Read on to discover more about some truly mysterious ancient kingdoms, from the snowy peaks of Tibet to the deserts of Sudan...
Ancient lost kingdoms
The golden age of the Khmer civilization was between the ninth and thirteenth centuries, when the kingdom of Kambuja, which gave Cambodia its name, ruled large territories from its capital at Angkor in Cambodia's west. Under Jayavarman VII (1181–ca. 1218), Kambuja reached the zenith of its political power and cultural creativity, given expression today in the ruins of this palace. The central towers represent the peaks of Mount Meru, the centre of the Hindu universe, and huge, smiling Gods' faces beam down from carved bas-reliefs.
Anuradhapura was the capital of Sri Lanka during the heyday of the ancient Lankan civilization. Anuradhapura is considered to be the most holy, important, and longest occupied of the ancient Sri Lankan cities. The city was originally built in 380 BC and flourished until its population relocated to Polonnaruwa in the late 10th century AD. A sacred site for Buddhists and Hindus alike, the city is these days surrounded on all sides by monasteries.
A great city flourished here from the 11th century on, with over 10.000 inhabitants. Great Zimbabwe, home of the Shona civilization, was the chief trading centre in southern Africa, trading gold to Arab merchants. There were also trade links with East Africa, and fragments of Persian and Chinese pottery have been found at the site. Arab and European travellers in the 16th century made marvellous reports of Great Zimbabwe's impressive stone fortress. The site was abandoned in the 15th century, probably due to a severe drought.
A mysterious Tibetan kingdom founded by a son of King Glang Darma, Guge came into being in about the tenth century, then collapsed in mysterious circumstances 700 years later. A population of tens of thousands disappeared without trace. The ruins lie on a hill in Ngari, famous for its Buddhist monasteries, snow-capped mountains and lakes. Highlights at the site itself include intricate murals depicting for the daily life of its ancient inhabitants and amazing statues of Buddha in gold and silver.
Hampi is found among the ruins of Vijayanagara, the former capital of an empire in modern-day Karnataka, India. Possibly predating the city of Vijayanagara, this village continues to be an important religious centre, housing the Virupaksha Temple. As the village is at the original centre of Vijayanagara, it is sometimes confused with this ruined city- although they are listed together as a UNESCO World Heritage Site.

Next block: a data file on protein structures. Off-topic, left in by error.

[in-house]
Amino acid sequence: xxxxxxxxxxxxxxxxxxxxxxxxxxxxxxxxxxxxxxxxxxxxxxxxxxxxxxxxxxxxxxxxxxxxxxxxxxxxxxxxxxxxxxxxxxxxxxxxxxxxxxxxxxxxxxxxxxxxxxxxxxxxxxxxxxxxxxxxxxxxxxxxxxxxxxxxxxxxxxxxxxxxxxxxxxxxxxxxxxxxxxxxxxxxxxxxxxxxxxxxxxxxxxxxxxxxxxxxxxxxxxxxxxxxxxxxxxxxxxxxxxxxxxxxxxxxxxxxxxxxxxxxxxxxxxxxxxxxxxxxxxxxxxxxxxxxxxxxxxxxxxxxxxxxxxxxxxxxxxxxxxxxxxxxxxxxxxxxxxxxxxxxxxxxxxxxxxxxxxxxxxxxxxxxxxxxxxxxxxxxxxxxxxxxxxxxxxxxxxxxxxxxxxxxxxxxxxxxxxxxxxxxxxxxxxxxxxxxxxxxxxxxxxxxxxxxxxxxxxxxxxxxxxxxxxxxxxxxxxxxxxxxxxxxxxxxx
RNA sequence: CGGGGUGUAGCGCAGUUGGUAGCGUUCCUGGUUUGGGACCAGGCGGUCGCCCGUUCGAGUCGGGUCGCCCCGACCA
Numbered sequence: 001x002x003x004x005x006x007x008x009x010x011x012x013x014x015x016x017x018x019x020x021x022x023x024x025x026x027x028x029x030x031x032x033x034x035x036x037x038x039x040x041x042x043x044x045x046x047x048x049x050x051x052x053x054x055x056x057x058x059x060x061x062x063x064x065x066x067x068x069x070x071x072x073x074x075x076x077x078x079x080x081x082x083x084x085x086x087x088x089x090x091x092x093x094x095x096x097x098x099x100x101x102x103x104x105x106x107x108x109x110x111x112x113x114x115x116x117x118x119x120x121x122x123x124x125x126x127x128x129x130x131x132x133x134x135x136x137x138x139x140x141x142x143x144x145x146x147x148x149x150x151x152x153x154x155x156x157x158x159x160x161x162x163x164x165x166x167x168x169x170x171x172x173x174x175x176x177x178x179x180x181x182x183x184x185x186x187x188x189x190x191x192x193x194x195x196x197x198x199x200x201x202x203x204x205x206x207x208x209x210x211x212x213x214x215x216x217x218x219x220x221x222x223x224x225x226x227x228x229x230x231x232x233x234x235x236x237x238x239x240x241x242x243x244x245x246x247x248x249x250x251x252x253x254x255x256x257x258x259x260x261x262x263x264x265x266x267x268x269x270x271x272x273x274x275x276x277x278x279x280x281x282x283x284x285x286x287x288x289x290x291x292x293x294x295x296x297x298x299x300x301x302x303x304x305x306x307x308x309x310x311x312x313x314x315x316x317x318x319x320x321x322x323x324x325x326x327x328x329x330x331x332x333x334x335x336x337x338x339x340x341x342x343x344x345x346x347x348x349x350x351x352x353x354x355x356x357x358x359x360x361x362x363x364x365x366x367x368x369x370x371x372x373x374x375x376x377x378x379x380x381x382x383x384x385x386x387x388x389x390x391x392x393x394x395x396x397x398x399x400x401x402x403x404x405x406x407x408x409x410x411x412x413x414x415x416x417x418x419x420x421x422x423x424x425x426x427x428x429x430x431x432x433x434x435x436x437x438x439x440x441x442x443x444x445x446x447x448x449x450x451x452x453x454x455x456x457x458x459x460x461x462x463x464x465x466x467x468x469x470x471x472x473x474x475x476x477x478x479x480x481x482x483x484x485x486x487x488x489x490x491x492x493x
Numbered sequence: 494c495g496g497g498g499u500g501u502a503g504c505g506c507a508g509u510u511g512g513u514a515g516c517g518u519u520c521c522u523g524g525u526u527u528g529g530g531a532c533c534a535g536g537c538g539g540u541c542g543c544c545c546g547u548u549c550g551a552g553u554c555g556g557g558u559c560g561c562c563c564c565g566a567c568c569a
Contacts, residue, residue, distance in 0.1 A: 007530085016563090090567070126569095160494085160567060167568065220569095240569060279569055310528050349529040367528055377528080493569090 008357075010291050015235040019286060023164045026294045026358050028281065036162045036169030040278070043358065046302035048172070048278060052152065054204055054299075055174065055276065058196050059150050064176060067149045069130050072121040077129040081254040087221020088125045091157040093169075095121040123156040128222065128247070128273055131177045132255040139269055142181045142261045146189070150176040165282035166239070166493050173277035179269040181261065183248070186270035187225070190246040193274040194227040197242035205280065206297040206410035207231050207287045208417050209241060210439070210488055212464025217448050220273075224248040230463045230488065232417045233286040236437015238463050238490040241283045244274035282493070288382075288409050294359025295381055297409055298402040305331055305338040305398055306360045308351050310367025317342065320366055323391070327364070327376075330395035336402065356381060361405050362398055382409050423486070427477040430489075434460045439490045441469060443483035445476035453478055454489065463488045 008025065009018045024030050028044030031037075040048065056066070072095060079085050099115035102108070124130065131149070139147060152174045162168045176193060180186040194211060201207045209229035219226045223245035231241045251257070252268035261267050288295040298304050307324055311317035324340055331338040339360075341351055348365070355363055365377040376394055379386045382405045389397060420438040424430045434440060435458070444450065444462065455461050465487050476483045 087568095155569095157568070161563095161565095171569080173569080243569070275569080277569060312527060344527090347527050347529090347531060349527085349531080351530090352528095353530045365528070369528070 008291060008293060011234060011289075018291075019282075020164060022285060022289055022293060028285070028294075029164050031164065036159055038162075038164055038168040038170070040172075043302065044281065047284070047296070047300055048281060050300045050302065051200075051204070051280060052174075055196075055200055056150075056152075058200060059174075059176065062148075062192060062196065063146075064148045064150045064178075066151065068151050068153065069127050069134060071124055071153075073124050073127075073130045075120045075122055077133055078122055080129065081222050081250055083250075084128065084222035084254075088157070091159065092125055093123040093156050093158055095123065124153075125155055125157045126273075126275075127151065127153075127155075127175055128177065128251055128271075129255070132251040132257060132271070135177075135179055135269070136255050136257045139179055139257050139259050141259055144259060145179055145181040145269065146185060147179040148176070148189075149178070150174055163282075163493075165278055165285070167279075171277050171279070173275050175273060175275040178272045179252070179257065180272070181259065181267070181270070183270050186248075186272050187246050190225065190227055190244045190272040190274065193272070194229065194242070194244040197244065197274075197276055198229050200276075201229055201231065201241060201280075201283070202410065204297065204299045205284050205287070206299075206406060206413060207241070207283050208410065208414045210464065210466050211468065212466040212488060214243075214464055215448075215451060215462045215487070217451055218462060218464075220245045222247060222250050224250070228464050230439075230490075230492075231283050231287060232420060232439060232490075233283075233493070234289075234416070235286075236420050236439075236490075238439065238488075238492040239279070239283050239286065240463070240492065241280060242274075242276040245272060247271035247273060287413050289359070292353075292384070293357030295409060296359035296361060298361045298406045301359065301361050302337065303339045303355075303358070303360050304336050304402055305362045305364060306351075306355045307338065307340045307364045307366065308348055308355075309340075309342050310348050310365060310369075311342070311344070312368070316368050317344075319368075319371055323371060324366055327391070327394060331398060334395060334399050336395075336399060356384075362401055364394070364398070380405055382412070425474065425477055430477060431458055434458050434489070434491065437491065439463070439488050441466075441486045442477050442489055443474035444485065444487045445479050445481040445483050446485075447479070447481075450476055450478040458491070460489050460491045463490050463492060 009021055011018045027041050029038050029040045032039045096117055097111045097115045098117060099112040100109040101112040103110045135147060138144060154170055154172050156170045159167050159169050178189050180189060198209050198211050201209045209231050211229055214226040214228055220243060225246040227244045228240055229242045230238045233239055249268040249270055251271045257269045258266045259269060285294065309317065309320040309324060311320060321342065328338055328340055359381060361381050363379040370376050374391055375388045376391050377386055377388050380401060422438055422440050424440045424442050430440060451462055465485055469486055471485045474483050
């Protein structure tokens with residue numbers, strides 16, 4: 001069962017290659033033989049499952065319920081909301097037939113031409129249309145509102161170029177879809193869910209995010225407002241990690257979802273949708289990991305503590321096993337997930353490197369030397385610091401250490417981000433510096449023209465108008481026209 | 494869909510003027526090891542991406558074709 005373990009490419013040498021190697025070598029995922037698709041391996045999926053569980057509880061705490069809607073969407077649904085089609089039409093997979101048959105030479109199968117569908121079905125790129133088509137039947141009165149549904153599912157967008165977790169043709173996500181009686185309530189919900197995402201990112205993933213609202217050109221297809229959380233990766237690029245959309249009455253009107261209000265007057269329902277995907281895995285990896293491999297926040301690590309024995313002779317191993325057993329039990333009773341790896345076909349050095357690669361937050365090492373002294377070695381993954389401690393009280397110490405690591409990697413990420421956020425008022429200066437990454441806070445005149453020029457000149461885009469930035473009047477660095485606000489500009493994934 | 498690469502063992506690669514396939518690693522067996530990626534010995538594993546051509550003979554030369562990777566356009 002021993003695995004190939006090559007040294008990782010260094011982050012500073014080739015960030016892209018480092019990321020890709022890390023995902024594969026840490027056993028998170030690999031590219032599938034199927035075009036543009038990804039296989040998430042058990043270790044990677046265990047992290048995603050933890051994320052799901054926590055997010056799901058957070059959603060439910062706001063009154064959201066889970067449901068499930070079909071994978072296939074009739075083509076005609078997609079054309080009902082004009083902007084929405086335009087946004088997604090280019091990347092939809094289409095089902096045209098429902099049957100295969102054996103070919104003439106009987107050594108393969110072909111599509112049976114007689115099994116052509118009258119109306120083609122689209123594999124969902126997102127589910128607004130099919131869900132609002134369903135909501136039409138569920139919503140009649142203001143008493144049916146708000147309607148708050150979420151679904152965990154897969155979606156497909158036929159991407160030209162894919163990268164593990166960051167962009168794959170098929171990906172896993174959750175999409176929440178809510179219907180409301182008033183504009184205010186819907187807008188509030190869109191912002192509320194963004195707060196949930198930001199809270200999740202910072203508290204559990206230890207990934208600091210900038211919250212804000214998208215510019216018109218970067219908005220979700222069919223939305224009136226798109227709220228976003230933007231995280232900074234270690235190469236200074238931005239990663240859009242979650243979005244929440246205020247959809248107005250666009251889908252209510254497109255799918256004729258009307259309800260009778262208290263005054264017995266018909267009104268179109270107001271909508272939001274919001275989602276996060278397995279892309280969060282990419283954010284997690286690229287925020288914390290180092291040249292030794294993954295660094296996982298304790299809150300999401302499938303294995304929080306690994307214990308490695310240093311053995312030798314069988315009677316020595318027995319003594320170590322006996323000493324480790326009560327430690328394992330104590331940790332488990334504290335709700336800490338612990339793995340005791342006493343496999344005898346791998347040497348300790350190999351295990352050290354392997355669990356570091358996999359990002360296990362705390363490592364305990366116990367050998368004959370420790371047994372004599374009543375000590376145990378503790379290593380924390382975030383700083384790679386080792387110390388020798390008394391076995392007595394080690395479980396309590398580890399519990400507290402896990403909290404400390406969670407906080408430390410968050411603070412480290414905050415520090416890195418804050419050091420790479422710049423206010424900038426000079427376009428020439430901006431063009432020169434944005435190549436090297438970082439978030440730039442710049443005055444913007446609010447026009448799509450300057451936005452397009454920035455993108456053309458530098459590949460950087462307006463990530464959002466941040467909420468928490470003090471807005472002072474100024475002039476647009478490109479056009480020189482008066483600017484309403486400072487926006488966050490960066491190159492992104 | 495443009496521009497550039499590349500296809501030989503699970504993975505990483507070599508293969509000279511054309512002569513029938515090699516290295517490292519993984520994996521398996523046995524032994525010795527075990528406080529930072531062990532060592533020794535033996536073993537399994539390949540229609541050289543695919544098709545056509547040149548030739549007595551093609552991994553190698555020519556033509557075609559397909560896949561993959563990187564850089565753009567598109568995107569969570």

The Kingdom of Kerma was a rival to Ancient Egypt from around 2500 BC to about 1520 BC. It was based in Upper Nubia- today Sudan- on the eastern banks of the Nile and emerged as a major trading centre during the Middle Kingdom period of Egypt. The site includes a cemetery full of large burial mounds, where the Emperors were buried. Some archaeologists believe Kerma might be linked to the legendary Kingdom of Kush, mentioned in the Book of Genesis.
The Kotte Kingdom, centred on Sri Jayawardanapura Kotte- located just outside present-day Colombo- was a kingdom that flourished in Sri Lanka during the 15th century. Its king was the last native sovereign to unify all of Sri Lanka under one rule. By 1450, Parâkramabâhu VI had unified all of Sri Lanka. Under his rule, literature and the arts flourished.
Scattered in China's Jilin and Liaoning provinces are the remains of three cities- Wunu Mountain City, Guonei City and Wandu Mountain City- home to 14 royal tombs. These ruined cities once belonged to the Koguryo culture, named after the dynasty that ruled over parts of northern China and the northern half of the Korean Peninsula from 277 BC to 668 AD.
The Sabaeans lived in what is today Yemen, between 2000 BC to the 8th century BC. A temple was recently discovered in Sirwah, located east of Sana'a. Known as Almaqah, the temple is in good condition, with huge entrance posts and massive interior rooms. They are made of wood and stone, with tower-like protrusions weighing over six tons each. The seven temple posts were put up by using a crane-like mechanism and the temple's front was ornamented with two huge sculptures of the the Sabi' kings.
In northern Thailand is the ruined city of Sukhothai. It was the capital of the kingdom of the same name, which had its heyday in the 13th and 14th centuries. The city walls form a rectangle with 193 ruins on 70 square kilometres of land and a gate in each wall. Inside are the remains of the royal palace and twenty-six temples, the largest being Wat Mahathat. The park is maintained by the Fine Arts Department of Thailand with help from UNESCO, which has declared it a World Heritage Site. The park sees thousands of visitors each year, who marvel at the ancient Buddha figures, palace buildings and ruined temples.